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The 5-step guide to becoming a better public speaker

Whether you're pitching to a client or presenting a new idea to your team, speaking to a big group of people can be nerve-wracking.

While it may come naturally to a few people, most need to work at it.

That's why we put together a handy step-by-step guide on how to become a better public speaker...

1. Learn from the best

Nowadays, thanks to YouTube and TED Talks, there are thousands and thousands of great public speaking examples you can learn from - from Sheryl Sandberg to Elon Musk.

Study someone with a demeanor you think matches yours - how do they pace themselves? How do they stand? How do they use their hands? This is your new benchmark - you now have a clear goal of where you want to be in public speaking! 

2. Know your audience

There's no point perfecting just one technique. 

A seasoned public speaker knows how to adjust their tone and their message depending on who they're speaking to.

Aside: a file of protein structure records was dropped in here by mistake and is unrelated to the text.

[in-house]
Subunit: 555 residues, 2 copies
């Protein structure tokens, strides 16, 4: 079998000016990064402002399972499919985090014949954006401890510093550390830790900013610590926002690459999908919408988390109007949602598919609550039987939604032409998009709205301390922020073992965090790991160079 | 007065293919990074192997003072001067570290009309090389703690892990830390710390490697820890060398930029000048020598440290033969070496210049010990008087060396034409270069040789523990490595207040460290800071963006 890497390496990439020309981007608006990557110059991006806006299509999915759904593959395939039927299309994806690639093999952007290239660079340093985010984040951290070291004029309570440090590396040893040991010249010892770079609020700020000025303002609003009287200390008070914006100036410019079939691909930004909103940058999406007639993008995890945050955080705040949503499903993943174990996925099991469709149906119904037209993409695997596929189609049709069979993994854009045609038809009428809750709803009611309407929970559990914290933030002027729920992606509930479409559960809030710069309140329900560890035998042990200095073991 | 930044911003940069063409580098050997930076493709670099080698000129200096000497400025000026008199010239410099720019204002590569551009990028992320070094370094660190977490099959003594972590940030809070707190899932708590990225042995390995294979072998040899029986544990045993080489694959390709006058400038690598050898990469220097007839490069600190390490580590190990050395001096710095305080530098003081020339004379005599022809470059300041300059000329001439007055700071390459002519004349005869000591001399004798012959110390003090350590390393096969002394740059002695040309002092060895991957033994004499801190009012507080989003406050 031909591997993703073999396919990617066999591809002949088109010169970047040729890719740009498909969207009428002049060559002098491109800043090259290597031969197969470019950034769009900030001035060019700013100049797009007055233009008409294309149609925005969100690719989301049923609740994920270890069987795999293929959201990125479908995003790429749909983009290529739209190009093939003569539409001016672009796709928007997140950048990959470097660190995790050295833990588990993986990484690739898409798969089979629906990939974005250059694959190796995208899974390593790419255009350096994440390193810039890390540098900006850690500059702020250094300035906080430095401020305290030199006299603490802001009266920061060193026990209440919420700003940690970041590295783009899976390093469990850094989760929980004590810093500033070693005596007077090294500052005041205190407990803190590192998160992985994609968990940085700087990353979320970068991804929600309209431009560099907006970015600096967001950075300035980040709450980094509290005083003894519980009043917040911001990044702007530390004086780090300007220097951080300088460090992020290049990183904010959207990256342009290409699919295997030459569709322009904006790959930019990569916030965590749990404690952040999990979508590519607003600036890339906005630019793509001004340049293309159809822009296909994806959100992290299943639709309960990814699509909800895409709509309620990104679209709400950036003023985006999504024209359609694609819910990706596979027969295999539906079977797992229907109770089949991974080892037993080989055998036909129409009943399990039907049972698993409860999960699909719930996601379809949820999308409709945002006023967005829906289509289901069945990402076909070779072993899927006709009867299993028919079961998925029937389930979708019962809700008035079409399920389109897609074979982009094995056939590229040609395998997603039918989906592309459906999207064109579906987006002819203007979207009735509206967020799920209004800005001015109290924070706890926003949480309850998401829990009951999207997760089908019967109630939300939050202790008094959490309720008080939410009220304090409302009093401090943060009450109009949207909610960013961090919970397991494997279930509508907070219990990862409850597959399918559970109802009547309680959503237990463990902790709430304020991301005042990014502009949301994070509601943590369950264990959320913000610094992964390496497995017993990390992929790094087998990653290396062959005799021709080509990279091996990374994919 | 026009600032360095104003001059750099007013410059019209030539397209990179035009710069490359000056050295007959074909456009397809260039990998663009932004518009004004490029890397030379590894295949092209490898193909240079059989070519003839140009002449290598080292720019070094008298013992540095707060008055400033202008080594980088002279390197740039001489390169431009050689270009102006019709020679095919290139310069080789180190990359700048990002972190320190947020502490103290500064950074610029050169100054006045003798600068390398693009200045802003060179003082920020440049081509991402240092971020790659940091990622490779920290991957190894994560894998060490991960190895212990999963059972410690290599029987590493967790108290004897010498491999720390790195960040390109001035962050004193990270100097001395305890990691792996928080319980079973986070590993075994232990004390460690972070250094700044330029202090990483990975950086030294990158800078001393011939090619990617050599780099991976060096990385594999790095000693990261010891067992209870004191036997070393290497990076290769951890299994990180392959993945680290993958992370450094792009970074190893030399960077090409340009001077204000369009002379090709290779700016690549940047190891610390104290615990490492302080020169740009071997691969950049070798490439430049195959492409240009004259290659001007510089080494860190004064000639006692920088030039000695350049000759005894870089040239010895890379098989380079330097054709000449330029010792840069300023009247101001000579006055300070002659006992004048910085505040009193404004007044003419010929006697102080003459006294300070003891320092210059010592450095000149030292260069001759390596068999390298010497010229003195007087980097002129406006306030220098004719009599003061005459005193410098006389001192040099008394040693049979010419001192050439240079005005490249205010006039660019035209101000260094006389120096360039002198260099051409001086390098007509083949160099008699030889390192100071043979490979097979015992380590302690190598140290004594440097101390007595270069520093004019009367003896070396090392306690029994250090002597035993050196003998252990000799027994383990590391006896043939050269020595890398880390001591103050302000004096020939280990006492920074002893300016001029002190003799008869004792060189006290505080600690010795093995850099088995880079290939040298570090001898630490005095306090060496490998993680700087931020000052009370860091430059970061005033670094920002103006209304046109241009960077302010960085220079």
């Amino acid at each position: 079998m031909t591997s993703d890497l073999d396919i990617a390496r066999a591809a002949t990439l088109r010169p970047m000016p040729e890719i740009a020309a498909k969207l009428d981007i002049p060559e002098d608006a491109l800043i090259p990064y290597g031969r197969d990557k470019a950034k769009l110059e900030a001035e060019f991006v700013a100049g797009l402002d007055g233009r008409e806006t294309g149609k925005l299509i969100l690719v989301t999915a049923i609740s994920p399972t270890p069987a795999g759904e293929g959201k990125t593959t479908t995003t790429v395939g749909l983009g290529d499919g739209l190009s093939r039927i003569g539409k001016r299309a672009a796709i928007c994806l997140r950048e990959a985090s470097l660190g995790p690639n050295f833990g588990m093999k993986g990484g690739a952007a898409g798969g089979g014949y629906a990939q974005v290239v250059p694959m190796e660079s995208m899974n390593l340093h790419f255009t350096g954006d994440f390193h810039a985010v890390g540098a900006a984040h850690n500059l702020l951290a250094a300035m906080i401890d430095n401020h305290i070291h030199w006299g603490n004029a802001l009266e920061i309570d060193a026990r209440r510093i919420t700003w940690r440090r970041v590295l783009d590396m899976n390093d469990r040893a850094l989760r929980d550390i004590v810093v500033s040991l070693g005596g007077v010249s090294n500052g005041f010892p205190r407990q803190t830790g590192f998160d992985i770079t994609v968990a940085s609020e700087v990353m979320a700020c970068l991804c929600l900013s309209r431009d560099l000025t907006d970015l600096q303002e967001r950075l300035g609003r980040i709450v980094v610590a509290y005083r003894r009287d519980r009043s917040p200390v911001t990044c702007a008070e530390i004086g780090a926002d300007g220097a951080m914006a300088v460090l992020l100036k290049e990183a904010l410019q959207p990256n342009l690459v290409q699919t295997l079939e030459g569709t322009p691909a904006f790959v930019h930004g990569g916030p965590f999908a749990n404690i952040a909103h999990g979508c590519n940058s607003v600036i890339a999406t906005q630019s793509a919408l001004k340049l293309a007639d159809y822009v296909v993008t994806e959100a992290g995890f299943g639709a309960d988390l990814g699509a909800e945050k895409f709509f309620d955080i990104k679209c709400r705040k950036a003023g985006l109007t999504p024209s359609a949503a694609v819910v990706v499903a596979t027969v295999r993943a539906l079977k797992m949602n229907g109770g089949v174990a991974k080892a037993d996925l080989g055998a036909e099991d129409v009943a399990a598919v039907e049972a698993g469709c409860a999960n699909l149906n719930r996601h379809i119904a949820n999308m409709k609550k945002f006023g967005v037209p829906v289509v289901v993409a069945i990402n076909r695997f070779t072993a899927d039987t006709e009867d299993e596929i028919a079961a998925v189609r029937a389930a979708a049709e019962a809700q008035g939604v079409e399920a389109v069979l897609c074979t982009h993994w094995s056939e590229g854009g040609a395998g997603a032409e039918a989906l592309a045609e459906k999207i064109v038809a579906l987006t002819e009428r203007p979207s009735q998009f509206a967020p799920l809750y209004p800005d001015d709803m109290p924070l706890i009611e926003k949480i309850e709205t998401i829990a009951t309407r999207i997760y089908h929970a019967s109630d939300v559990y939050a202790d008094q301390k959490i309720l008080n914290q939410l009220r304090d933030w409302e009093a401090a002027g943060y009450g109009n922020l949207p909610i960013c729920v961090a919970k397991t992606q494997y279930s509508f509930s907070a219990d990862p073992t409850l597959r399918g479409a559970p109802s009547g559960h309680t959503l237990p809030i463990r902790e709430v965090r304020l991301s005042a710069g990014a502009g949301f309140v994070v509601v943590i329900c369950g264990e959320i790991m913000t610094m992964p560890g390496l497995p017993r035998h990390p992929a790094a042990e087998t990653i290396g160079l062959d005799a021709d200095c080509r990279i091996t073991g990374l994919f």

Breaking the ice with a few jokes might be a handy trick sometimes, but not always. Likewise, trying to dominate the room with an aggressive pitch is sometimes likely to put some people off. Read the room and be flexible! 

3. Know what you're going to say

It's vital you have a clear plan of what you're going say and how you're going to structure your speech. 

Start with your headline message - then go about explaining it with 3 or 5 key points (the brain is hardwired to remember things in 3s or 5s). Then sum up by quickly going over those points again.

At the same time, don't memorize something word for word - even when it works, it comes across as robotic.

4. Record yourself first

You might not like watching or listening to yourself back, but trust us, it's one of the most vital steps in this guide.

There's no better way to get perspective on how you come across when speaking - from how you stand to how fast you're speaking.

5. Just remember one thing

The people you're speaking to, whether it's a hall of 100 people or a meeting room of 10 people, are not here to see you. They're here to hear what you have to say. 

They're not really judging what you're wearing, what your voice sounds like or how often you smile. They're judging you on the quality of what you're saying - is it genuine? Is it a good idea? Do I believe in what this person has to say?

Believe in your ideas first and foremost, and the rest will come much more easily.

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